Driven partly by fear of infection, and by the liberating rise of remote work, Americans refuse to return to the office and central business districts continue to struggle.
The COVID class war pits two increasingly irreconcilable populations against each other: the obedient online educated and those who refuse restraints.
The new American Dream has its heart in the states of the old Confederacy. But the South’s rebirth remains threatened by its historical demons: racism, white nationalism and overzealous religious fervor.
Joe Biden’s beleaguered presidency is less a result of his missteps and more caused by the contradictory nature of his agenda and his party.
by Joel Kotkin — For months, corporate leaders and real estate brokers have insisted that a return to the office was imminent – but a shift to remote work continues to trend.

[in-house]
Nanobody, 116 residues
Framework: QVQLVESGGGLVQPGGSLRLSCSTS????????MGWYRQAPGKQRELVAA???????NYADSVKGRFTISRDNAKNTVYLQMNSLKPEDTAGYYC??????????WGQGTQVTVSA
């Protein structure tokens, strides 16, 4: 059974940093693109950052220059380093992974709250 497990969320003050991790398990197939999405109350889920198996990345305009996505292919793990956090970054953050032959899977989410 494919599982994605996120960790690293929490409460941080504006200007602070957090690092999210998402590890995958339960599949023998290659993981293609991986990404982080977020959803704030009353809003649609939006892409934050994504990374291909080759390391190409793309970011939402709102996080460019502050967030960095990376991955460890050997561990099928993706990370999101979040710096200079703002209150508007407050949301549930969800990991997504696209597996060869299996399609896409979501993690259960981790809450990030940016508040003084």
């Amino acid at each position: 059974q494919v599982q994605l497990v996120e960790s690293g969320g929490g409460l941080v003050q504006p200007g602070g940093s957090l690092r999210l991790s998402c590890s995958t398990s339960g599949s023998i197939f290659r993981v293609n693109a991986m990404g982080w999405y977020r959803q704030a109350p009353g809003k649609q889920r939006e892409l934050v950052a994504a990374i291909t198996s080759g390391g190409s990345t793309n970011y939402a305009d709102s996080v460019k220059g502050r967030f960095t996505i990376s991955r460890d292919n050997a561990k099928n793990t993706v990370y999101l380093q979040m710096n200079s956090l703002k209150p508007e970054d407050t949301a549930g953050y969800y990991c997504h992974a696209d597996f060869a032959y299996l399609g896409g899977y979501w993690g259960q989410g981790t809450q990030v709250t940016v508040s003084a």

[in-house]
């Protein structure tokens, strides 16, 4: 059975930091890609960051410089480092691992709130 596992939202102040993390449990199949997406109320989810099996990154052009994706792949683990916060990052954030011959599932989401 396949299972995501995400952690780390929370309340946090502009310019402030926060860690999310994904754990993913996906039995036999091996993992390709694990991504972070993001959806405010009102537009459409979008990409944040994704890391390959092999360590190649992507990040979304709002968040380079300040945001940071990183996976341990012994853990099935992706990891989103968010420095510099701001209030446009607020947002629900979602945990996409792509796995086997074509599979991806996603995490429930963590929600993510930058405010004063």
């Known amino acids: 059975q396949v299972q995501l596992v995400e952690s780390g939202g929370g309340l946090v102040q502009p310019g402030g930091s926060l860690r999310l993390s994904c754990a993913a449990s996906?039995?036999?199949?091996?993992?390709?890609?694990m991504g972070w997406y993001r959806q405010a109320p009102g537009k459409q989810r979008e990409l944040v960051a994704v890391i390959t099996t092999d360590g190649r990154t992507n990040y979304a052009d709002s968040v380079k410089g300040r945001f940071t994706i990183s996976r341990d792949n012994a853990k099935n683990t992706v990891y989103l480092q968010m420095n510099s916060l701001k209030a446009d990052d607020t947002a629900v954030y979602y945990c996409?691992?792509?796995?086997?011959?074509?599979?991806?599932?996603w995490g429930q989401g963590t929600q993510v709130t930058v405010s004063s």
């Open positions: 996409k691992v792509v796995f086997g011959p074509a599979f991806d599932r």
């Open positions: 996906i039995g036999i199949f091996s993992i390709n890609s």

On this episode of Feudal Future, hosts Joel Kotkin and Marshall Toplansky are joined by Ross Elliott and Aaron Kheriaty to discuss the psychological impact of the pandemic.
California’s future as a place of aspiration is fading for all but the wealthiest residents — with homeownership not affordable for young people and new immigrants.
Republicans could capture the confidence of moderates and even liberals deeply alienated by woke authoritarian culture, but instead have chosen to pander to their extremists.
The sinking of the state’s once-buoyant middle class undermines the base for a two-party politics in California. The kinds of taxpayers who called the state home during the 1980s and 1990s are leaving, and few families are moving in. Many of the leading companies that employed middle-class workers—McKesson, Hewlett Packard, the oil and aerospace industries—are fleeing at a quickening pace.
On this episode of Feudal Future, hosts Joel Kotkin and Marshall Toplansky are joined by JR Turner, Michelle Comerford, and Harry Moser to discuss the practice of reshoring, or bringing manufacturing back to the United States.